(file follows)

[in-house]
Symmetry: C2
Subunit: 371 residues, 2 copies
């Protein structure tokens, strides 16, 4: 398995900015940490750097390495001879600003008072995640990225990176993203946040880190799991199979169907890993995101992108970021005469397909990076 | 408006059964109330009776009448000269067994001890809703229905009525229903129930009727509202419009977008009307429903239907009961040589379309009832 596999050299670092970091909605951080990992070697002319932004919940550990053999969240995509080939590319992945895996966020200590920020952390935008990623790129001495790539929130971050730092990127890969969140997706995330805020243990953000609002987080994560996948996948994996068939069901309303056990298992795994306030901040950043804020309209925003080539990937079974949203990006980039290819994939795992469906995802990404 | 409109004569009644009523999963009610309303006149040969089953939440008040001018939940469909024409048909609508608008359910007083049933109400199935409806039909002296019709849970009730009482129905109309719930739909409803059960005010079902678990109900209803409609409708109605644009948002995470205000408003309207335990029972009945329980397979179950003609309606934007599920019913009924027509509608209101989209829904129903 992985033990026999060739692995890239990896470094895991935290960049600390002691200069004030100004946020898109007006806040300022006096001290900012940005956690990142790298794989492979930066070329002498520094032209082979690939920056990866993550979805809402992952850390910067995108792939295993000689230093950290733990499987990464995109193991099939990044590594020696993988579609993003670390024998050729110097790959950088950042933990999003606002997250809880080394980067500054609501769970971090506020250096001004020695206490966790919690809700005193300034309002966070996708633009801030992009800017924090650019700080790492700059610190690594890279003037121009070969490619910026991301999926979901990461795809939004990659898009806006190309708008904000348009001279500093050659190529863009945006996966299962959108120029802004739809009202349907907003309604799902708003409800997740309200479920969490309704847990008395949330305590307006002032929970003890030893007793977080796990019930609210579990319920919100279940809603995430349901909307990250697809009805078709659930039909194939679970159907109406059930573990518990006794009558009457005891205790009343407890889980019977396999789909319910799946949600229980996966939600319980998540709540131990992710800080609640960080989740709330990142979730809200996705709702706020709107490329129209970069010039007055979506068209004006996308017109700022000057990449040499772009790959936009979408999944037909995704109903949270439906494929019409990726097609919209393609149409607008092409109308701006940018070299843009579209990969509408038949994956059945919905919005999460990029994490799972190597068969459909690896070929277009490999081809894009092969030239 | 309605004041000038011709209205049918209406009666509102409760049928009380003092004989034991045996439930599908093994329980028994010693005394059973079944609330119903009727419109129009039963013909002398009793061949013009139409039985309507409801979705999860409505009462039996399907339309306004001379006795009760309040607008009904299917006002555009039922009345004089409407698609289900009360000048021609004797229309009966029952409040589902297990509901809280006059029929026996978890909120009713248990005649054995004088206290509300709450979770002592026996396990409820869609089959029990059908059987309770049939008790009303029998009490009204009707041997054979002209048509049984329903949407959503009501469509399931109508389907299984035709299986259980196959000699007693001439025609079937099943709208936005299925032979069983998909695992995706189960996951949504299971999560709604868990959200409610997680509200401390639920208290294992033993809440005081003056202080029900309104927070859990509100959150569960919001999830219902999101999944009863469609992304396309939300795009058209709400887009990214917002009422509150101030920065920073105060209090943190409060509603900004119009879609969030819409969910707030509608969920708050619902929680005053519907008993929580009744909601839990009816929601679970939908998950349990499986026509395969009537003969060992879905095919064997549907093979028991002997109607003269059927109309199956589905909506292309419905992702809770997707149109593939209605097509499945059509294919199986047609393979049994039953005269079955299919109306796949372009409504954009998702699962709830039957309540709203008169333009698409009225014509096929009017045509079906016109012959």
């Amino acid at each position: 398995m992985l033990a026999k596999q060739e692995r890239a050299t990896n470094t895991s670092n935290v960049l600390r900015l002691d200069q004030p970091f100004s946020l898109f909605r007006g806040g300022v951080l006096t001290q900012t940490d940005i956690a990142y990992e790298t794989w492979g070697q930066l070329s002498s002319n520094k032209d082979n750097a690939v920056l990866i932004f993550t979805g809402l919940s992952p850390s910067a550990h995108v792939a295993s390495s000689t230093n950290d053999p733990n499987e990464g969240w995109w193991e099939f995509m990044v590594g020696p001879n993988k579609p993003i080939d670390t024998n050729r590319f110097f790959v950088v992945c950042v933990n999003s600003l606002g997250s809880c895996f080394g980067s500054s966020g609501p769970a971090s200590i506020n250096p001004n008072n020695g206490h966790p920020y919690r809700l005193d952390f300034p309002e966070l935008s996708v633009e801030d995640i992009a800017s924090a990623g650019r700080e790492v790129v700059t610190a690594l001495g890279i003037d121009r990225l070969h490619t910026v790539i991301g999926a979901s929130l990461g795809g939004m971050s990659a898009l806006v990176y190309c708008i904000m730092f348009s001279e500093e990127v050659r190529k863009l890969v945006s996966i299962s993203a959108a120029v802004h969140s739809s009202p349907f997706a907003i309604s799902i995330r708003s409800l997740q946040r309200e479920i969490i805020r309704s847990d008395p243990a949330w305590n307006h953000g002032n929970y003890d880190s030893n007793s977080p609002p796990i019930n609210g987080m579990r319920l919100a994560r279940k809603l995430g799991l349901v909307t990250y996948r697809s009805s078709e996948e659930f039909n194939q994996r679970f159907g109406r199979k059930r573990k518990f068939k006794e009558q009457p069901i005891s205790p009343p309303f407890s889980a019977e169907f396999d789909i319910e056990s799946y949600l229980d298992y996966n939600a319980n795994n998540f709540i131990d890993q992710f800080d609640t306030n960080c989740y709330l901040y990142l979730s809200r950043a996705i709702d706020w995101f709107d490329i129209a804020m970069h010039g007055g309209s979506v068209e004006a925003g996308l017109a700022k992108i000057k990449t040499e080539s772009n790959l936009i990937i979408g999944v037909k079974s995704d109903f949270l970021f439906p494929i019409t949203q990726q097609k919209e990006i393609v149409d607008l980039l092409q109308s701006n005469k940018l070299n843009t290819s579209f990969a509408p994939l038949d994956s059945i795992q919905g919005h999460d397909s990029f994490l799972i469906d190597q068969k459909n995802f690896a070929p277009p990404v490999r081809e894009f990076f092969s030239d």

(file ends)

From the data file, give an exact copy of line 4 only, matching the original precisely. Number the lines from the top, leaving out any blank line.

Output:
């Protein structure tokens, strides 16, 4: 398995900015940490750097390495001879600003008072995640990225990176993203946040880190799991199979169907890993995101992108970021005469397909990076 | 408006059964109330009776009448000269067994001890809703229905009525229903129930009727509202419009977008009307429903239907009961040589379309009832 596999050299670092970091909605951080990992070697002319932004919940550990053999969240995509080939590319992945895996966020200590920020952390935008990623790129001495790539929130971050730092990127890969969140997706995330805020243990953000609002987080994560996948996948994996068939069901309303056990298992795994306030901040950043804020309209925003080539990937079974949203990006980039290819994939795992469906995802990404 | 409109004569009644009523999963009610309303006149040969089953939440008040001018939940469909024409048909609508608008359910007083049933109400199935409806039909002296019709849970009730009482129905109309719930739909409803059960005010079902678990109900209803409609409708109605644009948002995470205000408003309207335990029972009945329980397979179950003609309606934007599920019913009924027509509608209101989209829904129903 992985033990026999060739692995890239990896470094895991935290960049600390002691200069004030100004946020898109007006806040300022006096001290900012940005956690990142790298794989492979930066070329002498520094032209082979690939920056990866993550979805809402992952850390910067995108792939295993000689230093950290733990499987990464995109193991099939990044590594020696993988579609993003670390024998050729110097790959950088950042933990999003606002997250809880080394980067500054609501769970971090506020250096001004020695206490966790919690809700005193300034309002966070996708633009801030992009800017924090650019700080790492700059610190690594890279003037121009070969490619910026991301999926979901990461795809939004990659898009806006190309708008904000348009001279500093050659190529863009945006996966299962959108120029802004739809009202349907907003309604799902708003409800997740309200479920969490309704847990008395949330305590307006002032929970003890030893007793977080796990019930609210579990319920919100279940809603995430349901909307990250697809009805078709659930039909194939679970159907109406059930573990518990006794009558009457005891205790009343407890889980019977396999789909319910799946949600229980996966939600319980998540709540131990992710800080609640960080989740709330990142979730809200996705709702706020709107490329129209970069010039007055979506068209004006996308017109700022000057990449040499772009790959936009979408999944037909995704109903949270439906494929019409990726097609919209393609149409607008092409109308701006940018070299843009579209990969509408038949994956059945919905919005999460990029994490799972190597068969459909690896070929277009490999081809894009092969030239 | 309605004041000038011709209205049918209406009666509102409760049928009380003092004989034991045996439930599908093994329980028994010693005394059973079944609330119903009727419109129009039963013909002398009793061949013009139409039985309507409801979705999860409505009462039996399907339309306004001379006795009760309040607008009904299917006002555009039922009345004089409407698609289900009360000048021609004797229309009966029952409040589902297990509901809280006059029929026996978890909120009713248990005649054995004088206290509300709450979770002592026996396990409820869609089959029990059908059987309770049939008790009303029998009490009204009707041997054979002209048509049984329903949407959503009501469509399931109508389907299984035709299986259980196959000699007693001439025609079937099943709208936005299925032979069983998909695992995706189960996951949504299971999560709604868990959200409610997680509200401390639920208290294992033993809440005081003056202080029900309104927070859990509100959150569960919001999830219902999101999944009863469609992304396309939300795009058209709400887009990214917002009422509150101030920065920073105060209090943190409060509603900004119009879609969030819409969910707030509608969920708050619902929680005053519907008993929580009744909601839990009816929601679970939908998950349990499986026509395969009537003969060992879905095919064997549907093979028991002997109607003269059927109309199956589905909506292309419905992702809770997707149109593939209605097509499945059509294919199986047609393979049994039953005269079955299919109306796949372009409504954009998702699962709830039957309540709203008169333009698409009225014509096929009017045509079906016109012959």